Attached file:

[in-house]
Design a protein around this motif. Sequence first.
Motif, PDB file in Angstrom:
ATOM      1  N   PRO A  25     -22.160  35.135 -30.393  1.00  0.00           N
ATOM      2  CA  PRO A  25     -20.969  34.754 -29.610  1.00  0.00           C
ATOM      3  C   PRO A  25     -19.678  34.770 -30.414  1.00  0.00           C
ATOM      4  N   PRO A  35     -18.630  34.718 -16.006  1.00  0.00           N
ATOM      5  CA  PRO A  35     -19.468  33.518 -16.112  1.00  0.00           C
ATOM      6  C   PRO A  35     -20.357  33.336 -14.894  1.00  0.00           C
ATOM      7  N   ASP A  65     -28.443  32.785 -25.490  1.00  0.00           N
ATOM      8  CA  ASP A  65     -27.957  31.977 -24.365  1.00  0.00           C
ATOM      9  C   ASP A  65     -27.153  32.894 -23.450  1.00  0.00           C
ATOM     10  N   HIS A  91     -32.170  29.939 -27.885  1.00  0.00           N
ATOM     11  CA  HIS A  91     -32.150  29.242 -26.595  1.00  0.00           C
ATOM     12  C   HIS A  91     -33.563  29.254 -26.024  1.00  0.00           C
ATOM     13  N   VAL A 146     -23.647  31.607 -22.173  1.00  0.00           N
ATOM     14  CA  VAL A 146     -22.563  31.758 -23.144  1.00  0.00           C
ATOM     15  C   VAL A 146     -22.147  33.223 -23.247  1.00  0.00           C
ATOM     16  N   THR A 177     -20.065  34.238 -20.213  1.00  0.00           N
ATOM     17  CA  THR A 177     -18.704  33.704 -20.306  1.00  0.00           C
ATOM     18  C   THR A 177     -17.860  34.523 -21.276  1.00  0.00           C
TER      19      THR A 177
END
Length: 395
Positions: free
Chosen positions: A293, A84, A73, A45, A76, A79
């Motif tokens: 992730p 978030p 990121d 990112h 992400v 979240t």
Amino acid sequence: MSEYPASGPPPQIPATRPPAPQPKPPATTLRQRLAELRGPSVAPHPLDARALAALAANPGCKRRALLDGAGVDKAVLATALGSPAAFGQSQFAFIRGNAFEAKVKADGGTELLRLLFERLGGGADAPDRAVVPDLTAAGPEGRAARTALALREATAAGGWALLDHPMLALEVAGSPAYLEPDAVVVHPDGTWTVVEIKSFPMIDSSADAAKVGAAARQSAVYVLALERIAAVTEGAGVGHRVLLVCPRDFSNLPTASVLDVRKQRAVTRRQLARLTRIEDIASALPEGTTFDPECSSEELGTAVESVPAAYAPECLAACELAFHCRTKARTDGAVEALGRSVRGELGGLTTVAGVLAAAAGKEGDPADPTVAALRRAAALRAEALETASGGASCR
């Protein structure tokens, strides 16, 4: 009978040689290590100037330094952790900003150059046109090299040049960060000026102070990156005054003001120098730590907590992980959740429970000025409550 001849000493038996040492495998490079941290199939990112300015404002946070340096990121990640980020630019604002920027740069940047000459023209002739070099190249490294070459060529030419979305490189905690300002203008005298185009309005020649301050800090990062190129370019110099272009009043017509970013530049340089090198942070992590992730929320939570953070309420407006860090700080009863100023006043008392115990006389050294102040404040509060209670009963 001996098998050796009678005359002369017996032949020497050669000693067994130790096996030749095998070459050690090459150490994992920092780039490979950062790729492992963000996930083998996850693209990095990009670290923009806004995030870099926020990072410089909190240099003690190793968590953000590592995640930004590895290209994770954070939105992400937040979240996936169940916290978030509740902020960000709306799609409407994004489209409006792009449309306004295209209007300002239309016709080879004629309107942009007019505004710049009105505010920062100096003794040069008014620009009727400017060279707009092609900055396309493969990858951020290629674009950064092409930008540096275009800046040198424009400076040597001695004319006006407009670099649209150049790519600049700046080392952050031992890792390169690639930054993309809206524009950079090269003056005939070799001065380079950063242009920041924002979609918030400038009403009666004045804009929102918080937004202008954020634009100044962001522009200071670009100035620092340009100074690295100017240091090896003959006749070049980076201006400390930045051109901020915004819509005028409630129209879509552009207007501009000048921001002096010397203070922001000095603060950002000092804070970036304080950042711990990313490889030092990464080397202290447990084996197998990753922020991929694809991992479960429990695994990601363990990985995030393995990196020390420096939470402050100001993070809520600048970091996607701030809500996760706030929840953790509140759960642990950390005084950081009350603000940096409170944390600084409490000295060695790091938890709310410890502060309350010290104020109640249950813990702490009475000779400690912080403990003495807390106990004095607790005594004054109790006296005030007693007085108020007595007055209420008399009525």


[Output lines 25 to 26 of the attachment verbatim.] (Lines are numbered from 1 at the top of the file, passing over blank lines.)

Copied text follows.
Positions: free
Chosen positions: A293, A84, A73, A45, A76, A79